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identify project managers and to conduct environmental impact assessment at the site.  The official said the P420 million project is at a preliminary stage and that information relating to the scope of the project would soon be published in local media.

The project has been a subject of debate because it had rumoured that the money for the project had been diverted to another project of national interest.  This brought back old memories in the town about the closure of the BMC leather tannery in 2006.  The reason for the closure was environmental concern and the frequent breakdowns of the plant which meant belt tightening for the residents. 

In another development, Lobatse residents had expected to benefit from the Special Economic Zone policy which was approved in 2011 to diversify the economy and export base of the country into sectors that will continue to grow after the diamonds have run out.  This did not happen and the situation remained the same because residents are not empowered to exercise due diligence for what they want.  The conspicuous neglect of the town has made it to lose its glamour and the flare of independence that it enjoyed in the 60s.  The town is on a journey from cradle to grave, as some groups involved in golden jubilee festivities do not use it as the venue of their activities.  For example, the Great Botswana Marathon did not include the town in their marathon that follows historical buildings and sites and it appears nothing has been scheduled by BOT50 to take place in the town on or before 30th September.   Historically, Lobatse is the birth place of our political parties and our democracy, as Botswana and the Gambia were the only two counties in Africa which had multi-party democracy in the late 60s.  As we celebrate this legacy, it would be inconceivable to exclude Lobatse from observing the great fanfare of the country’s 50th anniversary of independence.  The music festival and the cultural event held in the town a head of the September 30th celebrations, cannot revive old memories of the town.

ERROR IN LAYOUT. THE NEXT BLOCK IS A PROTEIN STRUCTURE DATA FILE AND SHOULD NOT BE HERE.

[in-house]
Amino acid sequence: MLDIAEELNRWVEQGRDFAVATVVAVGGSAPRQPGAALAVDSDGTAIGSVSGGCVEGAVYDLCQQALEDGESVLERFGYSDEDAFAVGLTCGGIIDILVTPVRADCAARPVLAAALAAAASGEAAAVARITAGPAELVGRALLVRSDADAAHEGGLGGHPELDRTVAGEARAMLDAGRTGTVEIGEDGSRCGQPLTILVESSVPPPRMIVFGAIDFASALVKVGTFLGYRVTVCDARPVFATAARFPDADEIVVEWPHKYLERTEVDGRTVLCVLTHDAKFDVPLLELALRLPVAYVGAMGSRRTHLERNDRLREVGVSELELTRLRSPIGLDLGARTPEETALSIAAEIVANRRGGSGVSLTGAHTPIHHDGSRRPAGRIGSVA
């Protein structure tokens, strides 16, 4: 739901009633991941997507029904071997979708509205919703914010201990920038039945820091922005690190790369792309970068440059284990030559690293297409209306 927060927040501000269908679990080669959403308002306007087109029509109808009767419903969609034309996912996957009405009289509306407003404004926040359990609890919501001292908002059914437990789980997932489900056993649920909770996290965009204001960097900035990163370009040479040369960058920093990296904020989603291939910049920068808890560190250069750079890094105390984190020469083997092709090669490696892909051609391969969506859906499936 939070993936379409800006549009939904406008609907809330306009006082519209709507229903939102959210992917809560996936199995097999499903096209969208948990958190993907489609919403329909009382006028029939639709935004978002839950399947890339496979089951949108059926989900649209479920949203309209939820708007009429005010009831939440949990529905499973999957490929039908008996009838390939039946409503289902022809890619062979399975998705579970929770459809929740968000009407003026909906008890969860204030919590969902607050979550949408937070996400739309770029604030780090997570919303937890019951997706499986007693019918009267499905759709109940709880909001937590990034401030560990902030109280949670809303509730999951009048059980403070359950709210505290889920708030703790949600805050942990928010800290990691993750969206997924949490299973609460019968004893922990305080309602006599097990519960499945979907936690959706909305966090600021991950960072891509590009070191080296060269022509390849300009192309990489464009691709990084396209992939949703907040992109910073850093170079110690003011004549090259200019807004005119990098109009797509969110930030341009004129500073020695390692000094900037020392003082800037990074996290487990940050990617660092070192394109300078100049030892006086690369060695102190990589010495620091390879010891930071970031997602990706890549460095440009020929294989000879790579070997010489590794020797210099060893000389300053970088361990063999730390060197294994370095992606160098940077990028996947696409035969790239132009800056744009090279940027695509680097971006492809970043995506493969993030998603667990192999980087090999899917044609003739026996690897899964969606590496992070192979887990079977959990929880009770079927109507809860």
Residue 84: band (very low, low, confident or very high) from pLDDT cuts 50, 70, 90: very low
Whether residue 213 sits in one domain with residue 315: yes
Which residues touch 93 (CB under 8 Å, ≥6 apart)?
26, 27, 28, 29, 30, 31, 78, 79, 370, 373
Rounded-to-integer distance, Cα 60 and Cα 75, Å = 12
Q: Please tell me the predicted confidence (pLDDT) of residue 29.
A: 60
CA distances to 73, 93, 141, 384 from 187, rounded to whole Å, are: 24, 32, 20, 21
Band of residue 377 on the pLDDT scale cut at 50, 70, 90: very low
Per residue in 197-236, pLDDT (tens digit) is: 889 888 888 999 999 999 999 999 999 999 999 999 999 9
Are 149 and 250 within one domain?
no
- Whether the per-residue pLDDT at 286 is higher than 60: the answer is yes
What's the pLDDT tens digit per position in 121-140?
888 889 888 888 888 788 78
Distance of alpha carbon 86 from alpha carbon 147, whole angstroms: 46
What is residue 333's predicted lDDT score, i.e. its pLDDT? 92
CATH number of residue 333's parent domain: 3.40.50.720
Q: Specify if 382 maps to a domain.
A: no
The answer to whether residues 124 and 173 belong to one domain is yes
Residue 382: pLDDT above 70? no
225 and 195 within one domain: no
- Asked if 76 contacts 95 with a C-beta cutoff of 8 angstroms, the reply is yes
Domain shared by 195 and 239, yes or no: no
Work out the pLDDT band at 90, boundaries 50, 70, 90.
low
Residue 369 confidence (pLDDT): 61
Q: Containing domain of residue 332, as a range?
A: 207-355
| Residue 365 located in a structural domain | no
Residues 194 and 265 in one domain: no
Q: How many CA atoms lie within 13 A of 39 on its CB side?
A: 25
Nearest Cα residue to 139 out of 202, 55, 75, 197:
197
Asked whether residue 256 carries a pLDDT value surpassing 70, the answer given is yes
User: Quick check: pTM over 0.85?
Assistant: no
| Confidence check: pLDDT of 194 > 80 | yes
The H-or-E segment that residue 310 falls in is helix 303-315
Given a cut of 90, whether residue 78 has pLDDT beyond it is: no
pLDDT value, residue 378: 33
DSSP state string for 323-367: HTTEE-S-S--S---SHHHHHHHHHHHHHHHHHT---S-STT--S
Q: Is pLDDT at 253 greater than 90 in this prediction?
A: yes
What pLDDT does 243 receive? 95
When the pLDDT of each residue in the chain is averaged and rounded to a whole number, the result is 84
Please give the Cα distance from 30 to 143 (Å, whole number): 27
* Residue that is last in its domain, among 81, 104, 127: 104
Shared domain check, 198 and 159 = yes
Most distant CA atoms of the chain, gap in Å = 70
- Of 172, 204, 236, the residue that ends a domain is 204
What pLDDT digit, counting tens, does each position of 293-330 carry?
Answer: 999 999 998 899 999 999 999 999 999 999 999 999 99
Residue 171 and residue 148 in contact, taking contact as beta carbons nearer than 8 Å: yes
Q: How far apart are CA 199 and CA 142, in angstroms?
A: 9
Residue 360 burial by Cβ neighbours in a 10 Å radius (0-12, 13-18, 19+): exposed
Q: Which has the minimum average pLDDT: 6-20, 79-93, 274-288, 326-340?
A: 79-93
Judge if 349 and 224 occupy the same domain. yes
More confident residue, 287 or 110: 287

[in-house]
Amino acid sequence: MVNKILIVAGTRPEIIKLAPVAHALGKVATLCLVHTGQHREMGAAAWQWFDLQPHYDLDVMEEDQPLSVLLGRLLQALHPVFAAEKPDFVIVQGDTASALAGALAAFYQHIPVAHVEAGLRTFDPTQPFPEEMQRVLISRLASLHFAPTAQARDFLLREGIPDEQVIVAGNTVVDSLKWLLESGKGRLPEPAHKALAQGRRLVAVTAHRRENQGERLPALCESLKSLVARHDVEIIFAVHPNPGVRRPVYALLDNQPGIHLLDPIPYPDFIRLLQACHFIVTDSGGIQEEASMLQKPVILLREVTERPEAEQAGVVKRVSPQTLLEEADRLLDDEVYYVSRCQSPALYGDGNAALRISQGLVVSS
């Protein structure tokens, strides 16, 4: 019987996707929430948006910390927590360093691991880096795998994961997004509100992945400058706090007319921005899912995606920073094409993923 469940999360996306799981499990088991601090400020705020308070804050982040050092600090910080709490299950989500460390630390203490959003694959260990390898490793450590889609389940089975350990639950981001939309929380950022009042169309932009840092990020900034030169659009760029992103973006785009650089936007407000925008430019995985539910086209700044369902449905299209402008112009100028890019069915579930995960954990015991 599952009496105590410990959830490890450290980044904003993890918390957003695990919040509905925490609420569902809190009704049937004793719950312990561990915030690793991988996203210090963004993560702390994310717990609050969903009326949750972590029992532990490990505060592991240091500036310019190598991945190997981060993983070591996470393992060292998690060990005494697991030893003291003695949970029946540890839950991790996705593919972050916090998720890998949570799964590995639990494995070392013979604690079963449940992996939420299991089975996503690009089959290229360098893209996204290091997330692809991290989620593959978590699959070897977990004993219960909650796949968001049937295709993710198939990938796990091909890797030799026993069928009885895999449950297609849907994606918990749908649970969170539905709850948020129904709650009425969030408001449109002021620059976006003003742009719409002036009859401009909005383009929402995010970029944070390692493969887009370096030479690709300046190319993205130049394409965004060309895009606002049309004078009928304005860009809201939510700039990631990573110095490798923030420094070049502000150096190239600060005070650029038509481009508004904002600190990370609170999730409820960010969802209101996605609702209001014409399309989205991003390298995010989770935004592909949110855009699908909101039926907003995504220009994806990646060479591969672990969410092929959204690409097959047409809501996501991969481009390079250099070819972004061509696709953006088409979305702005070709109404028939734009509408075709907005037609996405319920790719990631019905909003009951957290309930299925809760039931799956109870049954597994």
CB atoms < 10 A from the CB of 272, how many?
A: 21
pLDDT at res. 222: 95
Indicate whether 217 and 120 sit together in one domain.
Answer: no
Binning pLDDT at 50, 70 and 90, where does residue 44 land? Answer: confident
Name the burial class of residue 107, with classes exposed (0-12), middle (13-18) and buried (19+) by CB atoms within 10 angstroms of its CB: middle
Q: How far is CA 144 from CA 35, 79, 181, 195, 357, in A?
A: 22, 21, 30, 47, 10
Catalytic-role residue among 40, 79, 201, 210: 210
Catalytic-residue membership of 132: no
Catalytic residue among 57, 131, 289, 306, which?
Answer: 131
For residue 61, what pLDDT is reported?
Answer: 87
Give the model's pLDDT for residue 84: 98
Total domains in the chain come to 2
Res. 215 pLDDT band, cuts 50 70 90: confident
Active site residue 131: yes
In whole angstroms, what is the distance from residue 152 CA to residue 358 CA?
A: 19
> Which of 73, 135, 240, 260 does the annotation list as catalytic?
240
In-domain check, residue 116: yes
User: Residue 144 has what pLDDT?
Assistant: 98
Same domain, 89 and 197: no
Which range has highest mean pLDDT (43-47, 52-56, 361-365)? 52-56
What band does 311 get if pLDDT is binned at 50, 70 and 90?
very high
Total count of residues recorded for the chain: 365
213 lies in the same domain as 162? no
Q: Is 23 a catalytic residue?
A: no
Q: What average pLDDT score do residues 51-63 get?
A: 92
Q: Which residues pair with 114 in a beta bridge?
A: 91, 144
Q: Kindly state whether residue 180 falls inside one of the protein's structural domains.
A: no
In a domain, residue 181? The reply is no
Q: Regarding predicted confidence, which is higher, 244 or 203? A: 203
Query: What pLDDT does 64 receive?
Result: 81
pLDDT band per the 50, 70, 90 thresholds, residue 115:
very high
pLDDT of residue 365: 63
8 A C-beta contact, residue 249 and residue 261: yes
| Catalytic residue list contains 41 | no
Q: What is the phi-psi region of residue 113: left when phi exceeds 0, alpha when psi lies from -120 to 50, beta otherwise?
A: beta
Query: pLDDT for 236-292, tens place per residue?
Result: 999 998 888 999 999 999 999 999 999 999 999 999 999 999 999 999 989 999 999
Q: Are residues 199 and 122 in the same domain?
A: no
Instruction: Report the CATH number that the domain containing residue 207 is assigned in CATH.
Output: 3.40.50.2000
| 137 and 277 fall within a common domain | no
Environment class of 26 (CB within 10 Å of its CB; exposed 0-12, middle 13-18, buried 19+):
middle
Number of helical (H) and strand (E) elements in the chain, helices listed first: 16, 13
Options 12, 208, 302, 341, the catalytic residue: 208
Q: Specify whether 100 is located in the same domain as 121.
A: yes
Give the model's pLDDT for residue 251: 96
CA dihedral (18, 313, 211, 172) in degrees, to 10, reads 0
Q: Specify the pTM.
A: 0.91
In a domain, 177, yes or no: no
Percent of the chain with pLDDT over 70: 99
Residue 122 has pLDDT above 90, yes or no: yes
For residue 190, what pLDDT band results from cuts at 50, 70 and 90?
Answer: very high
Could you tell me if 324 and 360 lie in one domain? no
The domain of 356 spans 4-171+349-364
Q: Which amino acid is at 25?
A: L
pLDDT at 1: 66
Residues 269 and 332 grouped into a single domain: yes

Lobatse has not only played an important role to our independence, but also to South Africa and Mozambique during their liberation struggle.  South Africa for its part is turning Fish Keitseng’s safe-house at Peleng into a national monument for hosting Nelson Mandela and Thabo Mbeki during the struggle.  In the same vein, the Mozambican government has announced its plan to transform the Kgaboesele family house also at Peleng into a museum for hosting Samora Machel during the liberation struggle of that country.  In this connection, the Botswana government should also do its part to declare the town a heritage site.   Because of its historical background, Lobatse has a potential to be one of the country’s tourist destinations.  Like in Francistown, Lobatse should have an information center and guides to conduct guided tours of the town, covering important historical sites lulled by a sense of neglect.  This would promote the country’s tourism industry and preserve our past because if we do not learn from history, will be doomed to repeat it.  We would perhaps need a department of antiquities to help maintain colonial ruins and existing buildings which are still in their original condition.  Some of these buildings, may not be in the colonial era category, but have an overriding historical significance like the prime minister’s residence in Gaborone which later became Radio Botswana and now the Directorate of Intelligence Services.

Moreri Gabakgore